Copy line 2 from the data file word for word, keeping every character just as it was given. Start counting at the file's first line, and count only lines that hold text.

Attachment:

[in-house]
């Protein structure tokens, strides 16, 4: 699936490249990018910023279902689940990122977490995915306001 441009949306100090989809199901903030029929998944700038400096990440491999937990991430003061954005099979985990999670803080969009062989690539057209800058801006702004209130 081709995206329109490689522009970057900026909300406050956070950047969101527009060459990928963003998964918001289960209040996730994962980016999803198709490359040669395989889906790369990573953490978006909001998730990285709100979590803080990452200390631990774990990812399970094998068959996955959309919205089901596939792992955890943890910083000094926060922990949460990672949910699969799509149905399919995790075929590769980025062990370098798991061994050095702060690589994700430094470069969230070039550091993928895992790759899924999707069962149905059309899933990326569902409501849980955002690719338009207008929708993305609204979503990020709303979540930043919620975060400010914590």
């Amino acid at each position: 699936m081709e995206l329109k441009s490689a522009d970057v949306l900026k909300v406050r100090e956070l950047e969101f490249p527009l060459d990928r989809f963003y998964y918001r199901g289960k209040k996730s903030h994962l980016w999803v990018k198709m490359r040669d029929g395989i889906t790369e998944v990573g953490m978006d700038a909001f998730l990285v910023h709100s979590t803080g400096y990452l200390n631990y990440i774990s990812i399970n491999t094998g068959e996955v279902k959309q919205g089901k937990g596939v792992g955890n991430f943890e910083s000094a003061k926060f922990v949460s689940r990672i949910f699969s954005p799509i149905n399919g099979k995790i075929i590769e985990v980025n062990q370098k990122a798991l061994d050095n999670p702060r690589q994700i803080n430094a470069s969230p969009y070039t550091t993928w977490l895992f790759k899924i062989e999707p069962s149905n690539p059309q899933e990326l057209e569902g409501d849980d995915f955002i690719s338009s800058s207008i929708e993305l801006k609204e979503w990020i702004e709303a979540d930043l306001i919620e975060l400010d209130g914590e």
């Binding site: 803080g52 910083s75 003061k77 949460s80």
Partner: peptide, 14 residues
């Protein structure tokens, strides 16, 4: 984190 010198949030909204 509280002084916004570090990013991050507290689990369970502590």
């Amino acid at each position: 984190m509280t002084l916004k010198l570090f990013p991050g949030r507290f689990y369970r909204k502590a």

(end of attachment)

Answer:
């Protein structure tokens, strides 16, 4: 699936490249990018910023279902689940990122977490995915306001 441009949306100090989809199901903030029929998944700038400096990440491999937990991430003061954005099979985990999670803080969009062989690539057209800058801006702004209130 081709995206329109490689522009970057900026909300406050956070950047969101527009060459990928963003998964918001289960209040996730994962980016999803198709490359040669395989889906790369990573953490978006909001998730990285709100979590803080990452200390631990774990990812399970094998068959996955959309919205089901596939792992955890943890910083000094926060922990949460990672949910699969799509149905399919995790075929590769980025062990370098798991061994050095702060690589994700430094470069969230070039550091993928895992790759899924999707069962149905059309899933990326569902409501849980955002690719338009207008929708993305609204979503990020709303979540930043919620975060400010914590």